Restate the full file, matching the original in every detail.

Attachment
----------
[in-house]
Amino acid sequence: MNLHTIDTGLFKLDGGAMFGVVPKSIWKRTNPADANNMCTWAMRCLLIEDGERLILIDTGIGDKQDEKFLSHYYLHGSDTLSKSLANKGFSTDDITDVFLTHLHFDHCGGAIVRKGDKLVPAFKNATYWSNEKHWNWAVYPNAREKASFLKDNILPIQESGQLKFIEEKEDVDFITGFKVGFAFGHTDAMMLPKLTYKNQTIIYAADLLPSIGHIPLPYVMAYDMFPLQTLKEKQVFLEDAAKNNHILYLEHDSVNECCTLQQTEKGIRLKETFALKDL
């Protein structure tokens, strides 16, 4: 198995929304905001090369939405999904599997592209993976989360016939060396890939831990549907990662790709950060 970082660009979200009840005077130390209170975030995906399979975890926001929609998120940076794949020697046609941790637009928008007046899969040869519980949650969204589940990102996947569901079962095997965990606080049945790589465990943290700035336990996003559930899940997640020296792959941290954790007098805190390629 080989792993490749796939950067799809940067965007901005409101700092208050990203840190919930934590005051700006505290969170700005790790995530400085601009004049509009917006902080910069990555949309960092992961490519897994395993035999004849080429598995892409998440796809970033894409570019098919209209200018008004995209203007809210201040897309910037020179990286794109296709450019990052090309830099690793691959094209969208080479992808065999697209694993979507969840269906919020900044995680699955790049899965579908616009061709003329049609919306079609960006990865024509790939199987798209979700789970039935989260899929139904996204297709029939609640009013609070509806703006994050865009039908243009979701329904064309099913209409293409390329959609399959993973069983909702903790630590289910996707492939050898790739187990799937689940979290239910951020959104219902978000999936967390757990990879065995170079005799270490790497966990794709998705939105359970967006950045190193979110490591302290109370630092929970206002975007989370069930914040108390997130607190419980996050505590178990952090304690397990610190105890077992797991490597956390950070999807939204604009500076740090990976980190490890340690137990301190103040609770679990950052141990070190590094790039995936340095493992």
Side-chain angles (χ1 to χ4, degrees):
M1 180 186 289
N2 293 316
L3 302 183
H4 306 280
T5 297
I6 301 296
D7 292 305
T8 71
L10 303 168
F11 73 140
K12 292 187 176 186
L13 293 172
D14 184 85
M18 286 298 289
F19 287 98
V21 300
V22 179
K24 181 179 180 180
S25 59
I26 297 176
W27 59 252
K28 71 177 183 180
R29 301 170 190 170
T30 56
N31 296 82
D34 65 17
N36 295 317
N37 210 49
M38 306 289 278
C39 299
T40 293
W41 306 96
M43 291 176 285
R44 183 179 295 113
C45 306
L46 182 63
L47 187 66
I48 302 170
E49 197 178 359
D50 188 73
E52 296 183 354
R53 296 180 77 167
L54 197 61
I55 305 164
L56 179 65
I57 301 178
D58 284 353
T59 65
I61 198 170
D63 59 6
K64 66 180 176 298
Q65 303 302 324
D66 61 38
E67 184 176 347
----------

[in-house]
Amino acid sequence: MNLHTIDTGLFKLDGGAMFGVVPKSIWKRTNPADANNMCTWAMRCLLIEDGERLILIDTGIGDKQDEKFLSHYYLHGSDTLSKSLANKGFSTDDITDVFLTHLHFDHCGGAIVRKGDKLVPAFKNATYWSNEKHWNWAVYPNAREKASFLKDNILPIQESGQLKFIEEKEDVDFITGFKVGFAFGHTDAMMLPKLTYKNQTIIYAADLLPSIGHIPLPYVMAYDMFPLQTLKEKQVFLEDAAKNNHILYLEHDSVNECCTLQQTEKGIRLKETFALKDL
């Protein structure tokens, strides 16, 4: 198995929304905001090369939405999904599997592209993976989360016939060396890939831990549907990662790709950060 970082660009979200009840005077130390209170975030995906399979975890926001929609998120940076794949020697046609941790637009928008007046899969040869519980949650969204589940990102996947569901079962095997965990606080049945790589465990943290700035336990996003559930899940997640020296792959941290954790007098805190390629 080989792993490749796939950067799809940067965007901005409101700092208050990203840190919930934590005051700006505290969170700005790790995530400085601009004049509009917006902080910069990555949309960092992961490519897994395993035999004849080429598995892409998440796809970033894409570019098919209209200018008004995209203007809210201040897309910037020179990286794109296709450019990052090309830099690793691959094209969208080479992808065999697209694993979507969840269906919020900044995680699955790049899965579908616009061709003329049609919306079609960006990865024509790939199987798209979700789970039935989260899929139904996204297709029939609640009013609070509806703006994050865009039908243009979701329904064309099913209409293409390329959609399959993973069983909702903790630590289910996707492939050898790739187990799937689940979290239910951020959104219902978000999936967390757990990879065995170079005799270490790497966990794709998705939105359970967006950045190193979110490591302290109370630092929970206002975007989370069930914040108390997130607190419980996050505590178990952090304690397990610190105890077992797991490597956390950070999807939204604009500076740090990976980190490890340690137990301190103040609770679990950052141990070190590094790039995936340095493992």
Side-chain angles (χ1 to χ4, degrees):
M1 180 186 289
N2 293 316
L3 302 183
H4 306 280
T5 297
I6 301 296
D7 292 305
T8 71
L10 303 168
F11 73 140
K12 292 187 176 186
L13 293 172
D14 184 85
M18 286 298 289
F19 287 98
V21 300
V22 179
K24 181 179 180 180
S25 59
I26 297 176
W27 59 252
K28 71 177 183 180
R29 301 170 190 170
T30 56
N31 296 82
D34 65 17
N36 295 317
N37 210 49
M38 306 289 278
C39 299
T40 293
W41 306 96
M43 291 176 285
R44 183 179 295 113
C45 306
L46 182 63
L47 187 66
I48 302 170
E49 197 178 359
D50 188 73
E52 296 183 354
R53 296 180 77 167
L54 197 61
I55 305 164
L56 179 65
I57 301 178
D58 284 353
T59 65
I61 198 170
D63 59 6
K64 66 180 176 298
Q65 303 302 324
D66 61 38
E67 184 176 347